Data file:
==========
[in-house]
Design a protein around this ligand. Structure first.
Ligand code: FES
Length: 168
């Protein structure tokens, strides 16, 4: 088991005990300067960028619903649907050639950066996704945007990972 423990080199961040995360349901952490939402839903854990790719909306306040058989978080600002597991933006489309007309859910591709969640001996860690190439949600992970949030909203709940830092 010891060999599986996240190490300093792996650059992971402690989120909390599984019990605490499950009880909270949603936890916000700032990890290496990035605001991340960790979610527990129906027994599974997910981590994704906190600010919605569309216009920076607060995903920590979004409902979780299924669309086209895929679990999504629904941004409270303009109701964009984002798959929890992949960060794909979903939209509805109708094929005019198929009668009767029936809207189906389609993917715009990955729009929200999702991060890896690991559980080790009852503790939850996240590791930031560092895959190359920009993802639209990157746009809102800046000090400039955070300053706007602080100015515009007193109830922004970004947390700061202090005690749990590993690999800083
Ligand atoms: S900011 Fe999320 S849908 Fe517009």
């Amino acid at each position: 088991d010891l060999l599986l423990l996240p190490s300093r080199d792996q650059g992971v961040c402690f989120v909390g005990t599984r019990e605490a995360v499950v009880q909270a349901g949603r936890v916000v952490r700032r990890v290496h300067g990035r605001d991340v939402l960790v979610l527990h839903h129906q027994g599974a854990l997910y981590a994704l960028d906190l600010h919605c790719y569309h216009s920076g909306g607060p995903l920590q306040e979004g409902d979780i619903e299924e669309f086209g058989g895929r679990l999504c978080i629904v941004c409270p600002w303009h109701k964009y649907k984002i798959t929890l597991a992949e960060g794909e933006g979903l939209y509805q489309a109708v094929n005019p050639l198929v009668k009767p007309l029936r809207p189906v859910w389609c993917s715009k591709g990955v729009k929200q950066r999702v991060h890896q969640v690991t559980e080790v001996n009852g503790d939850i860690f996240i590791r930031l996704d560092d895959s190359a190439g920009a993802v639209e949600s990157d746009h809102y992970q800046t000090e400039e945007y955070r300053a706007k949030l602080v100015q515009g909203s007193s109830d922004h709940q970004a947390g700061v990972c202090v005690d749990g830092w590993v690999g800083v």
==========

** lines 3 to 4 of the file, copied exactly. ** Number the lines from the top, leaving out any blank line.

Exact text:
Ligand code: FES
Length: 168